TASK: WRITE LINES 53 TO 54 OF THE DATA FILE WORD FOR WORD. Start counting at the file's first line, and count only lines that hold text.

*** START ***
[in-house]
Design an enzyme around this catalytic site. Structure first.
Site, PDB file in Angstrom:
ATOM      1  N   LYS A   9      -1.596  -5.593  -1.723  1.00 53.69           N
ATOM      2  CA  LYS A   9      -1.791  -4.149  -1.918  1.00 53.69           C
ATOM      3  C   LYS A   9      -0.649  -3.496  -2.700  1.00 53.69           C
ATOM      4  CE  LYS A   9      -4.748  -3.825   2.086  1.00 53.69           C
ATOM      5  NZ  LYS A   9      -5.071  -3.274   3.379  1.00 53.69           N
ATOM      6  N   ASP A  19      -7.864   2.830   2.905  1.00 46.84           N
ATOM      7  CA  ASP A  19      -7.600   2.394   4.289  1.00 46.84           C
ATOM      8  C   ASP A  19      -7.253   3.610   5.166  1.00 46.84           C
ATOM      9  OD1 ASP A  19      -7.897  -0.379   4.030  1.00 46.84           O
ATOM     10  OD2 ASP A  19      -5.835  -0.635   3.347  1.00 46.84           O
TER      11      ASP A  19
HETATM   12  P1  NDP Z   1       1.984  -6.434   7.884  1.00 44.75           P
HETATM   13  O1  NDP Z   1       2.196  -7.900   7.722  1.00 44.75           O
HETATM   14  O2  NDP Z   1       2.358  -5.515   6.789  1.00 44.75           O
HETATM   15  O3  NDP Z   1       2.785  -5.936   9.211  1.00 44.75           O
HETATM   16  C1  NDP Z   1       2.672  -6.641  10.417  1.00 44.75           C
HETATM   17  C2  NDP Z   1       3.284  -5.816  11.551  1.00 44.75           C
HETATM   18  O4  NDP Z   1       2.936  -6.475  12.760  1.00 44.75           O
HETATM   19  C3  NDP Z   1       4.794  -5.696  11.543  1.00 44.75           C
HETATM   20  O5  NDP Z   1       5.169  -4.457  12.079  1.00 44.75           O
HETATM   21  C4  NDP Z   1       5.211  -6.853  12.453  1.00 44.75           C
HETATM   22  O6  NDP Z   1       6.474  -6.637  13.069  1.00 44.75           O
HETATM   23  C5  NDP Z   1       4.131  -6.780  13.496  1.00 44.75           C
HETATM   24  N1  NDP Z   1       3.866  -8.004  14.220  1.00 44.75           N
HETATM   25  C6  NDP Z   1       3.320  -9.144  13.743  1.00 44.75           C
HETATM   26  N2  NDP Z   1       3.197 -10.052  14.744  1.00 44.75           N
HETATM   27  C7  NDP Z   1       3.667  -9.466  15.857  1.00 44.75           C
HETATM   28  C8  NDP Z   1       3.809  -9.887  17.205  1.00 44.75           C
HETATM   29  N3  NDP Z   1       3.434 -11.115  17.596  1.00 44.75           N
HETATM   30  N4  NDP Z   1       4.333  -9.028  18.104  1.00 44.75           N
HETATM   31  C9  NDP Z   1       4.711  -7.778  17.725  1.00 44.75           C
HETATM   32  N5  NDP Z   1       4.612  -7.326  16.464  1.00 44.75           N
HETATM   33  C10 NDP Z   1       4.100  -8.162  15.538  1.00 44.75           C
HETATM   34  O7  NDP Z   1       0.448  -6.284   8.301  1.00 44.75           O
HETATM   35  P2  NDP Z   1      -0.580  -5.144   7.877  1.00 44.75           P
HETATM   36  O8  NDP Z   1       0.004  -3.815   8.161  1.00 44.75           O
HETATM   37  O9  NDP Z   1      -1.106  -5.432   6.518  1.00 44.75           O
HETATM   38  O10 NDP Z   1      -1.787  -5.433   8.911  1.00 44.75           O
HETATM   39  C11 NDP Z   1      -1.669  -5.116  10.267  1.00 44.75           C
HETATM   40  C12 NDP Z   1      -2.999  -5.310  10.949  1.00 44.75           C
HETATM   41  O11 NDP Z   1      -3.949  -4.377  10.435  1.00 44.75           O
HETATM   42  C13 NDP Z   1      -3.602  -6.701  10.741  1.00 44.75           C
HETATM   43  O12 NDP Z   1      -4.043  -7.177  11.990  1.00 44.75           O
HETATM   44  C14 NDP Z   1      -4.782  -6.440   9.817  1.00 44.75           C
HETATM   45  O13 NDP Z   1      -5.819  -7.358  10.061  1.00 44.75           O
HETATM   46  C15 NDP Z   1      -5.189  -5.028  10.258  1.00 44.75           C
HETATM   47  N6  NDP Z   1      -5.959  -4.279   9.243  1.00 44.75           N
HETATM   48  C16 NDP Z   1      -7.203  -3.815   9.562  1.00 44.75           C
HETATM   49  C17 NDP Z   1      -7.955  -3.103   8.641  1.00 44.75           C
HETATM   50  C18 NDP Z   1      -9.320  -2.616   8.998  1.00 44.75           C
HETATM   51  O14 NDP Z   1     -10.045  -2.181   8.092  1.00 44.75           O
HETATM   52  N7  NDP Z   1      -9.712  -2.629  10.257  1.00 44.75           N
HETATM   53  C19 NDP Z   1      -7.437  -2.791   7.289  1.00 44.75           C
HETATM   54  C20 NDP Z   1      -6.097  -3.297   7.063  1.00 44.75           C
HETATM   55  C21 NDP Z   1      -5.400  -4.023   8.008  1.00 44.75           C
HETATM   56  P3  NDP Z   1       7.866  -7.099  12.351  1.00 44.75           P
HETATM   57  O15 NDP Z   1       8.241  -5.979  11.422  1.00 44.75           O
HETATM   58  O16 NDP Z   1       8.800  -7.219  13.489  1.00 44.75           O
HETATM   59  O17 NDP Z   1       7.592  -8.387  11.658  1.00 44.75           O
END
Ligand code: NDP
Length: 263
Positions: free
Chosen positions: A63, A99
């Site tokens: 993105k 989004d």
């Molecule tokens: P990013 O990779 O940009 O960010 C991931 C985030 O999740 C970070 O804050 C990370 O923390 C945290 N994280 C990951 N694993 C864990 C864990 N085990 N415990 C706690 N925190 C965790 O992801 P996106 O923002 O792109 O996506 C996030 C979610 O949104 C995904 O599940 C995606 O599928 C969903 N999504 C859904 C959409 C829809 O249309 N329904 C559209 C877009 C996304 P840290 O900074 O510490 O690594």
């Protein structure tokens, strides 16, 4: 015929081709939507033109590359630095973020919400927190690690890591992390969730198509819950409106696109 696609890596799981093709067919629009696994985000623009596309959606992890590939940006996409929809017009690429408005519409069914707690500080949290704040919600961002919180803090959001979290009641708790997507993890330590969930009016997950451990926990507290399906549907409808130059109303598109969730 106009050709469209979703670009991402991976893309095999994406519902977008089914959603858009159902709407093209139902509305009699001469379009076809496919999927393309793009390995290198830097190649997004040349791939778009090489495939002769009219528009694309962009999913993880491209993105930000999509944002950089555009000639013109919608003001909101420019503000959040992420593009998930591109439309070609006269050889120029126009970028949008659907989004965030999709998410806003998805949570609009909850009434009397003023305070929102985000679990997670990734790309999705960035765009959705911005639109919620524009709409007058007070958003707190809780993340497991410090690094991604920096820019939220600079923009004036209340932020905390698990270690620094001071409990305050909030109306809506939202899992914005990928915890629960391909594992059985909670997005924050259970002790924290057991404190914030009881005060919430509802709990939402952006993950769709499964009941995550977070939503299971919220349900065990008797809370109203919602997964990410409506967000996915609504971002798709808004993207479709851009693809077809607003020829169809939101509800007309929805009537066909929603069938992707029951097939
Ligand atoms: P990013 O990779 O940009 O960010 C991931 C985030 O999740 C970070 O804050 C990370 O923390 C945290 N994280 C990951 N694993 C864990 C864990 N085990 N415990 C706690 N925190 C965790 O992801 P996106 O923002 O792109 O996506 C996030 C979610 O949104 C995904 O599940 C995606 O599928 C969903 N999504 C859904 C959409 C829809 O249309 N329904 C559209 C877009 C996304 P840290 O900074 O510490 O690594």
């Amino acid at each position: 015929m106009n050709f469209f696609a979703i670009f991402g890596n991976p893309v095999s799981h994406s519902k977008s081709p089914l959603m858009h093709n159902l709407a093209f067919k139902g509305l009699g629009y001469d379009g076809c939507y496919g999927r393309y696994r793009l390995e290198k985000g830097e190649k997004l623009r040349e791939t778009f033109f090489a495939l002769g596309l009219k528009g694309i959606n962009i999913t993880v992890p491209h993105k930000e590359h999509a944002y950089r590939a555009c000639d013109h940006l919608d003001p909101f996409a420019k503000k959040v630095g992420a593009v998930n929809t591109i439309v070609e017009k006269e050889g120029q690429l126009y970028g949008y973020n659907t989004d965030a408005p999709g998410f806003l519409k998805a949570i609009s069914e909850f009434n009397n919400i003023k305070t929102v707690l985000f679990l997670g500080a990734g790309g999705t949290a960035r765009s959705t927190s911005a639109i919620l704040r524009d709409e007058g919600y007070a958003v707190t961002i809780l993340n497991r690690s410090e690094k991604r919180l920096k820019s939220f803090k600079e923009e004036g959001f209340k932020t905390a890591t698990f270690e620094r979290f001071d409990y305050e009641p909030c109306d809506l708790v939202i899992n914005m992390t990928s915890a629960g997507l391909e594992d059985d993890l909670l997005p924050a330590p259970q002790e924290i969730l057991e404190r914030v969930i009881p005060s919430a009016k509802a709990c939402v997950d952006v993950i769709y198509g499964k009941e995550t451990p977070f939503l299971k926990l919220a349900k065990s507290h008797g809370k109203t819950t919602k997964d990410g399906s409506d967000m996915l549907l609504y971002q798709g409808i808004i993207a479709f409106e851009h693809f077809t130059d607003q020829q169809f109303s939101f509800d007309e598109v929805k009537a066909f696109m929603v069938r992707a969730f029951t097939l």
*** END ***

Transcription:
HETATM   50  C18 NDP Z   1      -9.320  -2.616   8.998  1.00 44.75           C
HETATM   51  O14 NDP Z   1     -10.045  -2.181   8.092  1.00 44.75           O